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Romania’s ambition: never become a regional leader

Published at: 06-07-2018

Posted on: July 6th, 2018 by RaduC No Comments

A few months ago I participated in a conference organized by the Romanian Central Bank. On that occasion, against the backdrop of Mr. Juncker`s vaguely optimistic statements on the new European architecture, people talked endlessly about including Romania in Europe`s hard core. That is alongside France, Germany, the Netherlands and other like countries. My speech, which was meant as a wake-up call, was immediately rebuffed by a very grave speaking moderator who was by and large saying that, unfortunately, time did not allow for a reply to match my pessimistic approach.

Was my attitude negative because I pointed out the fact that, beyond chest thumping statements, Romania did absolutely nothing that would make it eligible for inclusion into the hard-core Europe? How, may I wonder, will I be qualified now when I say that Romania, once more and despite its insistent declarations over the past decades to the contrary, managed to do its best not to become a regional leader? And I repeat: it was not the others, but ourselves who made sure that was not going to happen as we had enough opportunities and trump cards up our sleeves.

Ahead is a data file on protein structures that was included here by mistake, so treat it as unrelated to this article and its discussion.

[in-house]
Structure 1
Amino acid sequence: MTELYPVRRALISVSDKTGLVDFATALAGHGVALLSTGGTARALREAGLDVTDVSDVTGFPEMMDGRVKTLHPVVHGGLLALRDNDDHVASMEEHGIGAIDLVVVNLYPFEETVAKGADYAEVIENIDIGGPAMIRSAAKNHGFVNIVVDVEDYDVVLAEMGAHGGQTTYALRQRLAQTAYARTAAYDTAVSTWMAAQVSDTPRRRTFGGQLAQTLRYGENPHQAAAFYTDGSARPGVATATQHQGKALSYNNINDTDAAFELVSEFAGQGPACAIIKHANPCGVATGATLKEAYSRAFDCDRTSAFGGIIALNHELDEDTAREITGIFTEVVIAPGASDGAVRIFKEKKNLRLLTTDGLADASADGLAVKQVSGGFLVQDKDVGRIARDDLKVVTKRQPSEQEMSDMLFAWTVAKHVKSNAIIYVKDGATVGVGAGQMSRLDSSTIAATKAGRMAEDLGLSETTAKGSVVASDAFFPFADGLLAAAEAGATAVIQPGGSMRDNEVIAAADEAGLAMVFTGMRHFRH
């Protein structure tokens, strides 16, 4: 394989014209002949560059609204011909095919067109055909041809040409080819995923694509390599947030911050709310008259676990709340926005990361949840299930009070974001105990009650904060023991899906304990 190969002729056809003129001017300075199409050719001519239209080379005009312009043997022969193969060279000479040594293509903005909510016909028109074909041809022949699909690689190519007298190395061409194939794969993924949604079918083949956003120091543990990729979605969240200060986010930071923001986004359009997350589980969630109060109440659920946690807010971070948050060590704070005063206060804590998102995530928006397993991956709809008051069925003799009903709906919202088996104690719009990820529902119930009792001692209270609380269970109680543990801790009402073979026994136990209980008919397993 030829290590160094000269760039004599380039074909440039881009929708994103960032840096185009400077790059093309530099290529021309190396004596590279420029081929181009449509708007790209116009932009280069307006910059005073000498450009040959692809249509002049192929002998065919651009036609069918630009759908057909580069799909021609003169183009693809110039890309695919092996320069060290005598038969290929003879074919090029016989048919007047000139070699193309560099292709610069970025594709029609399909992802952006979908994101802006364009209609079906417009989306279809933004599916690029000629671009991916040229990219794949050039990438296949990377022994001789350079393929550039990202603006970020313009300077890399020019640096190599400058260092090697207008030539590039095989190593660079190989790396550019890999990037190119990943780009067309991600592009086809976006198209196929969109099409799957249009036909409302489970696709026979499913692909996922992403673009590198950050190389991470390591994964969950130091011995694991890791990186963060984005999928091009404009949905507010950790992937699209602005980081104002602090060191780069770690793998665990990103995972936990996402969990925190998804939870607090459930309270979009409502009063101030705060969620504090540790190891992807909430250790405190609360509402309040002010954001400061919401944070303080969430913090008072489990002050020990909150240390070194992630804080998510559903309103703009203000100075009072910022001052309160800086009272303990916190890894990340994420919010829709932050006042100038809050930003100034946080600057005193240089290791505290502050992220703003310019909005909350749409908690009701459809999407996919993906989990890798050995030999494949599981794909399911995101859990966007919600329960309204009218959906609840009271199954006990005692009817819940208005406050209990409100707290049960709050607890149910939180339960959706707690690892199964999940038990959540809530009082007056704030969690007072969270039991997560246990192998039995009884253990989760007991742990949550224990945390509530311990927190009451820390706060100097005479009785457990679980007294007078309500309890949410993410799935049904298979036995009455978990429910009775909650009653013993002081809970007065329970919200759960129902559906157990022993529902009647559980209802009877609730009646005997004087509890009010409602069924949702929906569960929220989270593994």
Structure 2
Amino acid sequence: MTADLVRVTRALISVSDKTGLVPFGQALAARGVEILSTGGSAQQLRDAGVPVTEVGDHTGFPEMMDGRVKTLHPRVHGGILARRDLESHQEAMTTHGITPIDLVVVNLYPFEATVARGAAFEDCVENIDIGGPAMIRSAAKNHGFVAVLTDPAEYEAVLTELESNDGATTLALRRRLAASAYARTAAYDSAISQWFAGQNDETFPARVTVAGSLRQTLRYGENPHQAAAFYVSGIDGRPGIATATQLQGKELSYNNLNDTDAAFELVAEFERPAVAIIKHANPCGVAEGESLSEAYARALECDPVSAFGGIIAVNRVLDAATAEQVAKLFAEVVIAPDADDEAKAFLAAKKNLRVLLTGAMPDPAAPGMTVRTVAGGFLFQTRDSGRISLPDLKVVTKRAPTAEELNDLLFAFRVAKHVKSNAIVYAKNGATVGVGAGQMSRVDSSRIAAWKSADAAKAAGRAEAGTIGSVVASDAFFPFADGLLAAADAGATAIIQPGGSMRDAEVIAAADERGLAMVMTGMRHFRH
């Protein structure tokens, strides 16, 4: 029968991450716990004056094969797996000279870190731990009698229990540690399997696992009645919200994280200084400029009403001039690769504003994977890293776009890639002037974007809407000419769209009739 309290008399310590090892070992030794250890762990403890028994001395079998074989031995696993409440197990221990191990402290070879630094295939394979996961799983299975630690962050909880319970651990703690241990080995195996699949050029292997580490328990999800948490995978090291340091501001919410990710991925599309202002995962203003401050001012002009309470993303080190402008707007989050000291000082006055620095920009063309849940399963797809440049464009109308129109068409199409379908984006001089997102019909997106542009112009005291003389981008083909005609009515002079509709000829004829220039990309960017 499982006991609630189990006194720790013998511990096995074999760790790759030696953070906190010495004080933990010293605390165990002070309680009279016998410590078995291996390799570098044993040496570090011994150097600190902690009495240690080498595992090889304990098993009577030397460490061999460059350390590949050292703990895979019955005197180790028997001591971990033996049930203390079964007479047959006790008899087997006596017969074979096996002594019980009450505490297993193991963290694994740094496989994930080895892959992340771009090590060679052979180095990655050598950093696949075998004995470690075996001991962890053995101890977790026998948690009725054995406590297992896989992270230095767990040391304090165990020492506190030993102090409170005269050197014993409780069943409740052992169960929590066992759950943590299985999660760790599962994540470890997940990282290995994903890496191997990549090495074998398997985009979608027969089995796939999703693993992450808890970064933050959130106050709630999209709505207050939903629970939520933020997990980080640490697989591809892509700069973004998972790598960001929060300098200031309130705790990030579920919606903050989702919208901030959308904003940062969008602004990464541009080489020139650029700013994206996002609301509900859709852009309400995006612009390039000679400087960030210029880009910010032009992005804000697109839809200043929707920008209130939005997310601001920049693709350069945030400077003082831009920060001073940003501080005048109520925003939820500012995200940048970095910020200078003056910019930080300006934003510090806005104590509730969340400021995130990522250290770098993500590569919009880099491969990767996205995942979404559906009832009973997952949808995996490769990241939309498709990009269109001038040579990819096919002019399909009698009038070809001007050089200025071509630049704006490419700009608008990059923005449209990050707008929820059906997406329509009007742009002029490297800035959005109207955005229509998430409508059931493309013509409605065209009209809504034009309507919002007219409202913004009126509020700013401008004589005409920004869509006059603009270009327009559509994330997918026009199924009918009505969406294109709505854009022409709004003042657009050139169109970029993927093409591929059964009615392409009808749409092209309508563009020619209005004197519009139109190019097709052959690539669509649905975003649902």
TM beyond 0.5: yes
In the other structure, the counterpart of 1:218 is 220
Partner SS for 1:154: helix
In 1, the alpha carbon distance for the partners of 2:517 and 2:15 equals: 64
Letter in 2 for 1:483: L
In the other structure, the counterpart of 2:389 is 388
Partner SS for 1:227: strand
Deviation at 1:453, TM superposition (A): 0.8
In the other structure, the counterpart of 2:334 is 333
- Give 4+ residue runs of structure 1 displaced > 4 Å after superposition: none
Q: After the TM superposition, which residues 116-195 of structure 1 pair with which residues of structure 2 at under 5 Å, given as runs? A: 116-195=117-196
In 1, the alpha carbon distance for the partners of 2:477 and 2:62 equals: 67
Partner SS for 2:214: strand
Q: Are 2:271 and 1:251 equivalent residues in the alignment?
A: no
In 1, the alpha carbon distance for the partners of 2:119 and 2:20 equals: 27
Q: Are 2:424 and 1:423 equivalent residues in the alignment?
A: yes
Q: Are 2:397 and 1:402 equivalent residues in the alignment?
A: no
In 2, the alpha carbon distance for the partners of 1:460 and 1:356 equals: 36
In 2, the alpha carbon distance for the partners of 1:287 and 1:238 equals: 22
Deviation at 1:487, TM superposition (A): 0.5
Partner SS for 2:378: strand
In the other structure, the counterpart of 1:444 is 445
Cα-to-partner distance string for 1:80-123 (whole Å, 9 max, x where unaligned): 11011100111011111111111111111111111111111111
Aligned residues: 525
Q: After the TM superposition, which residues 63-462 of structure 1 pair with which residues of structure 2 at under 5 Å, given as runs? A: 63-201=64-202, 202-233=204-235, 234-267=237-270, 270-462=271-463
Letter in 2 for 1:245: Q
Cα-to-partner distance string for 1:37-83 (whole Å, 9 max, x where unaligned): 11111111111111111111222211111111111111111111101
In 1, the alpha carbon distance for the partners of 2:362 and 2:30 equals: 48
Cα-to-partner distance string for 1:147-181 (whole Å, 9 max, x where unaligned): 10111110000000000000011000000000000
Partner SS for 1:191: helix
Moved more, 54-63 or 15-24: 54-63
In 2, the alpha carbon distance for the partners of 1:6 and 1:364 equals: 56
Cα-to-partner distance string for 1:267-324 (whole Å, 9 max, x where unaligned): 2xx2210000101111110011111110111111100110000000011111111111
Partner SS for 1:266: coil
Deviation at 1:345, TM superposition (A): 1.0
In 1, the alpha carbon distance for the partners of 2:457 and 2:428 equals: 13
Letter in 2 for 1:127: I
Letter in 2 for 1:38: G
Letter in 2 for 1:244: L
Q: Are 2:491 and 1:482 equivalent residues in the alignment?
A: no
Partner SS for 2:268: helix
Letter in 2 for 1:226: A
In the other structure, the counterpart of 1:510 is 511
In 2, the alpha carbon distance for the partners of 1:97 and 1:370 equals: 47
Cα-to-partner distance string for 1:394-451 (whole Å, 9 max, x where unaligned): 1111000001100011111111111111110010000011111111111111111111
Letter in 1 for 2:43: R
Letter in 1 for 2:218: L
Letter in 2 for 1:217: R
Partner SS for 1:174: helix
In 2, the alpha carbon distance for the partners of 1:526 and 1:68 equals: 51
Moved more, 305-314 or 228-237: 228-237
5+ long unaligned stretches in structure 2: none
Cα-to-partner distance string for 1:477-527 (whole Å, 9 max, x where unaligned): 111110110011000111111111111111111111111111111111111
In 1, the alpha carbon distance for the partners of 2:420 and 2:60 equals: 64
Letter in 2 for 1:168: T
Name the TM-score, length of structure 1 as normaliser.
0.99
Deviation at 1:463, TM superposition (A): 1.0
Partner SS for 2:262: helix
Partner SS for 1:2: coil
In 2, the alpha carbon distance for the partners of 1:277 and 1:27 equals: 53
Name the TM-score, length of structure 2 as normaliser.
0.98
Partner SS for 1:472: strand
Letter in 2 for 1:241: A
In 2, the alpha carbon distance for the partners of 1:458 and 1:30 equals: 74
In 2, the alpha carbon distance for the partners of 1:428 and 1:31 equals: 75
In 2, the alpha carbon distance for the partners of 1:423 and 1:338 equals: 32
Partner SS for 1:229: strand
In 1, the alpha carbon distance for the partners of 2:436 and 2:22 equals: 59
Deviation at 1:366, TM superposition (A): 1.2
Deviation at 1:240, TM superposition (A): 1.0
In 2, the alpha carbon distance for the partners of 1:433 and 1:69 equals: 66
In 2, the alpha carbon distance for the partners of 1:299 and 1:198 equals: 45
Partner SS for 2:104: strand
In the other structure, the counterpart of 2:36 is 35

A missed opportunity, which was a first indication of our leaders` ability to play Romania`s regional leader card was the failure of Petrom as a state-owned enterprise. Surely, we now look enviously at the regional success and clout that an oil company, such as MOL holds. Let us not forget, however, that at the starting line, Petrom was much better placed, based solely on its oil and gas reserves and past experience which MOL clearly lacked. As a business, Petrom held all the advantages to become a large company in the region. The Romanian government, as main shareholder, made sure with its flawed corporate governance that that did not happen and the company was in the end privatized.